Despite the increasing distractions in the average Canadian’s lifestyle, most Canadians have welcomed these distractions into their driving habits regardless of the consequences.
- 3 out of 4 Canadian drivers admitted to driving distracted
- Yet, most Canadians also supported distracted driving laws
- One person is injured in a distracted-driving collision every half hour in Ontario
- There were 5.2 motor vehicle deaths per 100k residents in 2018
- A 2019 survey concluded that 25% of Canadians text while driving
- Usage of cell phones while driving has caused 1.6 million car crashes annually
Ontario has laws describing certain activities that fall under “distracted driving”, but it can be unclear as to what activities are legal to engage in when driving. Should a driver be doing anything other than driving when at the wheel, and how are these activities defined?
What Activities Fall Under Distracted Driving?
Ontario’s “distracted driving laws” can be a bit confusing to understand. On one hand, it is clear that drivers are not permitted to use hand-held devices. This applies to communication devices as well, and not just entertainment devices.
Even at a red light, it is illegal to use a phone or a hand-held wireless communication device to contact anyone, the only exception being if a driver has to call 911 in case of an emergency. It is prohibited to watch videos, use tablets, operate gaming consoles, or watch a video on a device or display screen.
How should drivers use GPS?
A GPS device is okay to use with voice commands only, but built-in GPS display screens or GPS activity on a secure, mounted phone is allowed. Drivers can still use hands-free wireless devices to communicate. This includes lapel buttons, earpieces, or Bluetooth devices.
The Fine Line Between “Distracted” and “Careless” Driving
What does the law state?
While the list of activities under distracted driving are clear, what’s the case with grabbing a snack while driving? Here’s what Ontario’s distracted driving laws state about eating and driving: “Actions such as eating, drinking, grooming, smoking, reading and reaching for objects are not part of Ontario’s distracted driving law. However, you can still be charged with careless or dangerous driving.”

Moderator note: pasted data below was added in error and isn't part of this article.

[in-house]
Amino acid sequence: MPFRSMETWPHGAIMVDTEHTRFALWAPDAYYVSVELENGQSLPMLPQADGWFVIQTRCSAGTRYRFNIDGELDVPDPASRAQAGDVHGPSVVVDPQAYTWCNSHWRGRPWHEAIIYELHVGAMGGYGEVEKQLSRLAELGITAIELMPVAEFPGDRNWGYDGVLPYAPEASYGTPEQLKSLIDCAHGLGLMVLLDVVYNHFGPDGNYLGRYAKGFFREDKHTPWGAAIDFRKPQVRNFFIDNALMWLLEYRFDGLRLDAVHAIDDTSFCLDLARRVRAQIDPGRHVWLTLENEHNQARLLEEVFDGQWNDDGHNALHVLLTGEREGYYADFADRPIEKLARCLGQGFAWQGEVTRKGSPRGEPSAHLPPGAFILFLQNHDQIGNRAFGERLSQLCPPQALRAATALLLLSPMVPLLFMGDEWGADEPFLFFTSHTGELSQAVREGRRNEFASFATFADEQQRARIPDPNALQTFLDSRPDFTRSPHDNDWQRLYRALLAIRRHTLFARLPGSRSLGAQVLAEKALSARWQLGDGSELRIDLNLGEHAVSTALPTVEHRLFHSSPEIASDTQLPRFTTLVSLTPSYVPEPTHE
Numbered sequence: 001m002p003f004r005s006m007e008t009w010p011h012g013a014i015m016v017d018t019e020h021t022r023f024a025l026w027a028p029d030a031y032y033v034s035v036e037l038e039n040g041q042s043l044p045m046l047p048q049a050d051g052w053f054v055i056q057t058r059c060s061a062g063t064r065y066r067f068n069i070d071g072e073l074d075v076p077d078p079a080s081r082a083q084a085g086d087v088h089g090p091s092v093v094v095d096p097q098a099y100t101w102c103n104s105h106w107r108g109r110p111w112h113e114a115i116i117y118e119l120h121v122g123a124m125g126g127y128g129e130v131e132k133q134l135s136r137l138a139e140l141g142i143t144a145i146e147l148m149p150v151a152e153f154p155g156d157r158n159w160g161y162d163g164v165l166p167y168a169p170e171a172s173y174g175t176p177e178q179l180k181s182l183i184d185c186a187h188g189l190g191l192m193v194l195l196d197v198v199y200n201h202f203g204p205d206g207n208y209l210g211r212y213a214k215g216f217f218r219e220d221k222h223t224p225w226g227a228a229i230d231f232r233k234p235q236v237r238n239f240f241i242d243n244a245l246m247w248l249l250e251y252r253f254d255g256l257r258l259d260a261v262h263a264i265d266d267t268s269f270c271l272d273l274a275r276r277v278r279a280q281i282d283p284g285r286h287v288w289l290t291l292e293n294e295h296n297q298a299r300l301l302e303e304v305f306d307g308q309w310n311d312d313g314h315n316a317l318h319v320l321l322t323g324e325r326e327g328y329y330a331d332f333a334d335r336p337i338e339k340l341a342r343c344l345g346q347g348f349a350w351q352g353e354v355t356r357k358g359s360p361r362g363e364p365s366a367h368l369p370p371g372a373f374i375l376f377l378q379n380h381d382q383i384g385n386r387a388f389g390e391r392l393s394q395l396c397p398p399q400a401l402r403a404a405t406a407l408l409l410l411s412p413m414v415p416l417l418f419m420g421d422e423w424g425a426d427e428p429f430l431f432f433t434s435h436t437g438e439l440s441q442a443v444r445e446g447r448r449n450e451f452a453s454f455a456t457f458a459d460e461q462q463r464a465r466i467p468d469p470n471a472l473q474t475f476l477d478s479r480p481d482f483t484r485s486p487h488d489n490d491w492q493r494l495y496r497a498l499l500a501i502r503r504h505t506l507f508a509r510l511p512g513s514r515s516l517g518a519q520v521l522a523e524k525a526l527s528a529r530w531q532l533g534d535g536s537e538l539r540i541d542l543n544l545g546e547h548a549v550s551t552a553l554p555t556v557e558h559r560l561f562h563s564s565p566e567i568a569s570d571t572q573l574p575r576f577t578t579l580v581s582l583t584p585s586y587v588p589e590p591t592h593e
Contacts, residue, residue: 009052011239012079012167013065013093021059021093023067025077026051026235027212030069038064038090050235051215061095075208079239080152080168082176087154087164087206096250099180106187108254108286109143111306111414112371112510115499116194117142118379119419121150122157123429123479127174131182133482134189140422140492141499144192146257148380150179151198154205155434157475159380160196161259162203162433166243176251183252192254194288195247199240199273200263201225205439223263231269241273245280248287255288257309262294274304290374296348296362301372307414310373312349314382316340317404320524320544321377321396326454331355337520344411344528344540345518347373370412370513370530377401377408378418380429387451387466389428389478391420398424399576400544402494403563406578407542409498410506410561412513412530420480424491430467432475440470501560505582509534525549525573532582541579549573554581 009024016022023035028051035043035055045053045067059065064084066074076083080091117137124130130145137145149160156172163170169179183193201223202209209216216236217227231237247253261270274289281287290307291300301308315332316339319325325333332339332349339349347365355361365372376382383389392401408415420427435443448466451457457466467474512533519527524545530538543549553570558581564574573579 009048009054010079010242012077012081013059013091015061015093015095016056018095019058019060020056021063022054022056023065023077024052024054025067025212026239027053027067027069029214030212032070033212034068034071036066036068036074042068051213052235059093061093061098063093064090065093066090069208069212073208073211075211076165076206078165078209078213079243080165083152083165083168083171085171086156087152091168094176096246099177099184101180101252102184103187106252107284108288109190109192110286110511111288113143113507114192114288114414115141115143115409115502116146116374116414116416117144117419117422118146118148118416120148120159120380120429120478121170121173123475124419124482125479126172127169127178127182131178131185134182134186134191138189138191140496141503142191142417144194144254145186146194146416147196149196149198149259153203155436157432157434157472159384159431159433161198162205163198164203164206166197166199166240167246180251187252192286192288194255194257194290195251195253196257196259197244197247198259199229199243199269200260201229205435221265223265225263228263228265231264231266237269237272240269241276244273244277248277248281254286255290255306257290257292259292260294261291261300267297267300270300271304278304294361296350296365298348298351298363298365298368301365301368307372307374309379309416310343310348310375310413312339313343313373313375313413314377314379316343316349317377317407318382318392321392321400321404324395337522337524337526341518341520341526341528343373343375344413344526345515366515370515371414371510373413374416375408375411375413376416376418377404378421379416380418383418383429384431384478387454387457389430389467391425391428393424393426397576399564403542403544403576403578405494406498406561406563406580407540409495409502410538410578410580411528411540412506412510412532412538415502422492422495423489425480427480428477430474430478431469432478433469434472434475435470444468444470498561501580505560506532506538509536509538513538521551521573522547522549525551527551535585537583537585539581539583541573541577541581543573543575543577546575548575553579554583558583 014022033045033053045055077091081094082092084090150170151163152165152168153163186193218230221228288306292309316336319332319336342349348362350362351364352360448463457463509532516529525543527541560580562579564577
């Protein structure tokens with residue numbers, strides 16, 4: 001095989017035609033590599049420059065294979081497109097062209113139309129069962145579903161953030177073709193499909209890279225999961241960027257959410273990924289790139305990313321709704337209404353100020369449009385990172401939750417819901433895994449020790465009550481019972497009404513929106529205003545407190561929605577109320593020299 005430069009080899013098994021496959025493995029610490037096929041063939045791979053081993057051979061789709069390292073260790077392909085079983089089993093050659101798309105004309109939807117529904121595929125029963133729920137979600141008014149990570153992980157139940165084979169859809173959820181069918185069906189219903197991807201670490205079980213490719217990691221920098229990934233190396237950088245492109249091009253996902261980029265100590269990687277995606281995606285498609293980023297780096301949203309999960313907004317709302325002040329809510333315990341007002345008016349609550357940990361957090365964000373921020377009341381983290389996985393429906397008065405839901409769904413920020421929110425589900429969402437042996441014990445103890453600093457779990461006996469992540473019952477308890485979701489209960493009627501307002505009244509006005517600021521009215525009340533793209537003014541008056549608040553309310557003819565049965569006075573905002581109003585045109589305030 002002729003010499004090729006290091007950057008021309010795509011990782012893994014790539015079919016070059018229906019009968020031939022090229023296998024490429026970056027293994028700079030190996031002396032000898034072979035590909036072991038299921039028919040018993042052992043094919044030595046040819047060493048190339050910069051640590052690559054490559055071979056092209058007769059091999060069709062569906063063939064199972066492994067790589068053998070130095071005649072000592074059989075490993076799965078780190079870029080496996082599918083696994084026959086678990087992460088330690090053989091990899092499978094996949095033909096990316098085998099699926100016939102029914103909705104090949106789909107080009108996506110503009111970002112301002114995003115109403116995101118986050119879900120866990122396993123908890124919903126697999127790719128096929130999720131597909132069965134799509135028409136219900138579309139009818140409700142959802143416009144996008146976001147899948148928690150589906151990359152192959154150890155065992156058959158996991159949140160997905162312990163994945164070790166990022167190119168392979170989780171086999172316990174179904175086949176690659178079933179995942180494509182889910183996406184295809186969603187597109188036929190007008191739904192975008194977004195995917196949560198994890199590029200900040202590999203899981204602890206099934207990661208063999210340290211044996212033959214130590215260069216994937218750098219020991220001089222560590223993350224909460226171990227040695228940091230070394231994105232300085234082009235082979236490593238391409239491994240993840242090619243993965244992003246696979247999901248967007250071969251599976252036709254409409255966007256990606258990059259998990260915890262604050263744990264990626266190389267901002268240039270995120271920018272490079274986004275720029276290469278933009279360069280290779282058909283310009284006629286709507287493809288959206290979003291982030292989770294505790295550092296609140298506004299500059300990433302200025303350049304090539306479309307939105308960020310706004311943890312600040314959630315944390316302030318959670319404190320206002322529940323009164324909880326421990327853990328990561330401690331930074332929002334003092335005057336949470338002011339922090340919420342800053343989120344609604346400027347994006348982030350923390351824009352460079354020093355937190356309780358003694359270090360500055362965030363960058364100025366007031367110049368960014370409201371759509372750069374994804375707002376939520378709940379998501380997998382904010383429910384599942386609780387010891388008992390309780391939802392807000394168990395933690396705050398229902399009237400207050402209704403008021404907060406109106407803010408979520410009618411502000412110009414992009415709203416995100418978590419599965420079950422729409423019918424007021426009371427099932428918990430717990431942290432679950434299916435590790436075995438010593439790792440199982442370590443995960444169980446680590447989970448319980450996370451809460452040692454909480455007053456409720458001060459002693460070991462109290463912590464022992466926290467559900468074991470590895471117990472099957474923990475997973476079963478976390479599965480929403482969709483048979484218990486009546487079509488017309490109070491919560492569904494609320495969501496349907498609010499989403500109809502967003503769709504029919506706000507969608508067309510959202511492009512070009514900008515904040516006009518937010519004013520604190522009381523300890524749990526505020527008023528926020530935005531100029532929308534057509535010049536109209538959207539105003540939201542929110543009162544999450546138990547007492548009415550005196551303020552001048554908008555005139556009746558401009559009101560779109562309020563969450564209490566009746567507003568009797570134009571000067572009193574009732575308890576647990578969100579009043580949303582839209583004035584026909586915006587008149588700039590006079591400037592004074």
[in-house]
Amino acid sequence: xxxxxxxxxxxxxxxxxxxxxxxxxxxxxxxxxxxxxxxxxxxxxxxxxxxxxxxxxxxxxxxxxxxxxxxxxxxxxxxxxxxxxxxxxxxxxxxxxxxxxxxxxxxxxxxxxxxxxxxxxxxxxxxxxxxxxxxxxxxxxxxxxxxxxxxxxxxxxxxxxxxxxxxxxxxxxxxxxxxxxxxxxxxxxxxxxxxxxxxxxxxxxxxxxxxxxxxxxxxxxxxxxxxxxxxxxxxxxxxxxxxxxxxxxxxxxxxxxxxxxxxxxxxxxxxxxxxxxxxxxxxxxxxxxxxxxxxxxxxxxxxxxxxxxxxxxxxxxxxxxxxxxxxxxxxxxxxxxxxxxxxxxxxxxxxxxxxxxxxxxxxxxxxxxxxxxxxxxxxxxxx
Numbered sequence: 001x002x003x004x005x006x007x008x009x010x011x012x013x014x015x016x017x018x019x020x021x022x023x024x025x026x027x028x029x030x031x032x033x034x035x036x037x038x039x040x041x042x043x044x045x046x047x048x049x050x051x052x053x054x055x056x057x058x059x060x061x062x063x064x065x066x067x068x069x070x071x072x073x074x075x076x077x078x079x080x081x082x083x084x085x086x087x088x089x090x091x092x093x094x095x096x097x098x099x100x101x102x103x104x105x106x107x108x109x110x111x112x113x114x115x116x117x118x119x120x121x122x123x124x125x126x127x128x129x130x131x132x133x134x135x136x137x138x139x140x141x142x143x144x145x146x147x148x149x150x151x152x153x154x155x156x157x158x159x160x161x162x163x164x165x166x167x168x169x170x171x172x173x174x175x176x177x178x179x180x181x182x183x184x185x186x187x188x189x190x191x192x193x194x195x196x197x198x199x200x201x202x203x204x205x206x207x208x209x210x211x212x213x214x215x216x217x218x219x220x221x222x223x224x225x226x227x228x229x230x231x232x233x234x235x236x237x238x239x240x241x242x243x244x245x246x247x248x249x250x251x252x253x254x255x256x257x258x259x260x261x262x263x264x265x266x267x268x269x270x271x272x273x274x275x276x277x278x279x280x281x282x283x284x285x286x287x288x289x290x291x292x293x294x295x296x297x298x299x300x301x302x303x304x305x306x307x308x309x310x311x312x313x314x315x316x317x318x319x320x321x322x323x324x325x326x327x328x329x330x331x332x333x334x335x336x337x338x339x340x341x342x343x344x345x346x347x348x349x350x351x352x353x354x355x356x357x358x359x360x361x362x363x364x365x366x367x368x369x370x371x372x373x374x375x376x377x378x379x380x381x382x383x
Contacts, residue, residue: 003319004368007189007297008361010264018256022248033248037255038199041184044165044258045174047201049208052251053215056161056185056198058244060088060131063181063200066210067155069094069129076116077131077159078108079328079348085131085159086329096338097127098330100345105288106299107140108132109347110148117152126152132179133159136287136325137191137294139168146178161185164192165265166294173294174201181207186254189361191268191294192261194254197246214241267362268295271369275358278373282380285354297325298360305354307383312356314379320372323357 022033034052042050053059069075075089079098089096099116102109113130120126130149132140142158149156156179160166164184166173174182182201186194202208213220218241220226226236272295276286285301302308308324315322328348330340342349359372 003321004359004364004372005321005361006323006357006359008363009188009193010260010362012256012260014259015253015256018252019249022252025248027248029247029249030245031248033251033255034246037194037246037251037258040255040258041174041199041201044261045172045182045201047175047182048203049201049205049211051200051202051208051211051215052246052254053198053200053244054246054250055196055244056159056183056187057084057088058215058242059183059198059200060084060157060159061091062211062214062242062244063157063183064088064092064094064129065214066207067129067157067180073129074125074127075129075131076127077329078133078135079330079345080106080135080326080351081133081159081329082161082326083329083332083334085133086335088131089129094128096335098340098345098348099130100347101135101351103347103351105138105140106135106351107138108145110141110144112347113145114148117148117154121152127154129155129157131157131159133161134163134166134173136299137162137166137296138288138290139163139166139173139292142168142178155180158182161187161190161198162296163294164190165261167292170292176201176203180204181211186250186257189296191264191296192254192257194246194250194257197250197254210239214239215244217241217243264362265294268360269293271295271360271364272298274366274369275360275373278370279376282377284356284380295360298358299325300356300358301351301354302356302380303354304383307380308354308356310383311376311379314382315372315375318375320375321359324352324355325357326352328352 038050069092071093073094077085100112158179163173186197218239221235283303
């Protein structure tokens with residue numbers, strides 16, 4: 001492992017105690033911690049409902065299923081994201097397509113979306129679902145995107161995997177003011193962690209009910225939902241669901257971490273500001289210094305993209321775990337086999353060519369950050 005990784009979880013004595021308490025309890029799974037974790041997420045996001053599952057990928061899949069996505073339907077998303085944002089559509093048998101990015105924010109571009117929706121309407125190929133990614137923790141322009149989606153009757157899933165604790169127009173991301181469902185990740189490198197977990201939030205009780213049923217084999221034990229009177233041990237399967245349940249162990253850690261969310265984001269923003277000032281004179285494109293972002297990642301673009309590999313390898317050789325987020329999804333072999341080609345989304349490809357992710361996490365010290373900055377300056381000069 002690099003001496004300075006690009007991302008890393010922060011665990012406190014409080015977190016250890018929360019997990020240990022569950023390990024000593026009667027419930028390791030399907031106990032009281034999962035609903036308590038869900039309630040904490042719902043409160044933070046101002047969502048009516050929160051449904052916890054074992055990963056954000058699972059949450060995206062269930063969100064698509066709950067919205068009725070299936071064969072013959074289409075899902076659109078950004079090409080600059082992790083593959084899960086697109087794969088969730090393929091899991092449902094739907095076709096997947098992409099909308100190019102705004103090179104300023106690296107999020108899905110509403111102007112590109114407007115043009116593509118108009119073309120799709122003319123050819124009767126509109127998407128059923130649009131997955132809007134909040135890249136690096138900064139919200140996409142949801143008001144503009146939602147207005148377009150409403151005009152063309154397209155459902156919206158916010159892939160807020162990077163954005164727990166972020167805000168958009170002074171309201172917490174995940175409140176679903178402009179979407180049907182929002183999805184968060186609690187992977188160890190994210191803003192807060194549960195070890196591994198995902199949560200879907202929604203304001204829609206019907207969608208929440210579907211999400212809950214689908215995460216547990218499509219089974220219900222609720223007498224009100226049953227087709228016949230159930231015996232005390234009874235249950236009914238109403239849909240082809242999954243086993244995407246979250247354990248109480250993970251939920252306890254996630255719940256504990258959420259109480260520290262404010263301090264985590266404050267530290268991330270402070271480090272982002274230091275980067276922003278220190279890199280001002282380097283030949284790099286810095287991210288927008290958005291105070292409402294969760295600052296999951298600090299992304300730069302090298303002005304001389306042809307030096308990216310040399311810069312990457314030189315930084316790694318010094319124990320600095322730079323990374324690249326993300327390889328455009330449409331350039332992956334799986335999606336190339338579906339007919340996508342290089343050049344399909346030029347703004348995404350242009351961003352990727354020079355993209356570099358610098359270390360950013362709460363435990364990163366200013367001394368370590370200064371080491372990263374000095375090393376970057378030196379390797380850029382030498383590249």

1) How are these activities classified?
Activities that fall under the “distracted driving” umbrella are classified according to how much attention they require. However, there isn’t a hard line between what can and can’t be dangerous. Looking away from the street, even momentarily, can distract a driver, impair their judgement and easily result in an accident.
2) What can drivers to do make sure they don’t cross that line?
The best way to avoid crossing the line is to avoid all unnecessary activities altogether. We also have a 6-step checklist at the end of the page to help drivers avoid distracted driving accidents.
3) Is eating and driving allowed?
It’s never a good idea to eat when driving, and there’s never a condition where the driver would have no other choice. It is much better to find a safe place to pull over than to take the risk and grab a snack in one hand while holding the steering wheel with the other.
4) Which devices can drivers use when driving?
It is highly recommended that drivers switch their phones to silent mode when driving. However, using hands-free GPS devices is allowed.
5) Are young drivers unaware of these rules?
No. Almost 100% of young drivers admitted to knowing that handheld device usage is prohibited when driving (even at a red light). Yet, 55% of young drivers also admitted to reading texts when driving, and 44% responded to those texts as well.
How Common is Distracted Driving?
At any time during the day, over 660,000 drivers are trying to text and drive. With there being only a thin line between distracted and careless driving, stats show that it is a lot more common than one might expect. Distracted driving causes about 17% of fatalities in Ontario.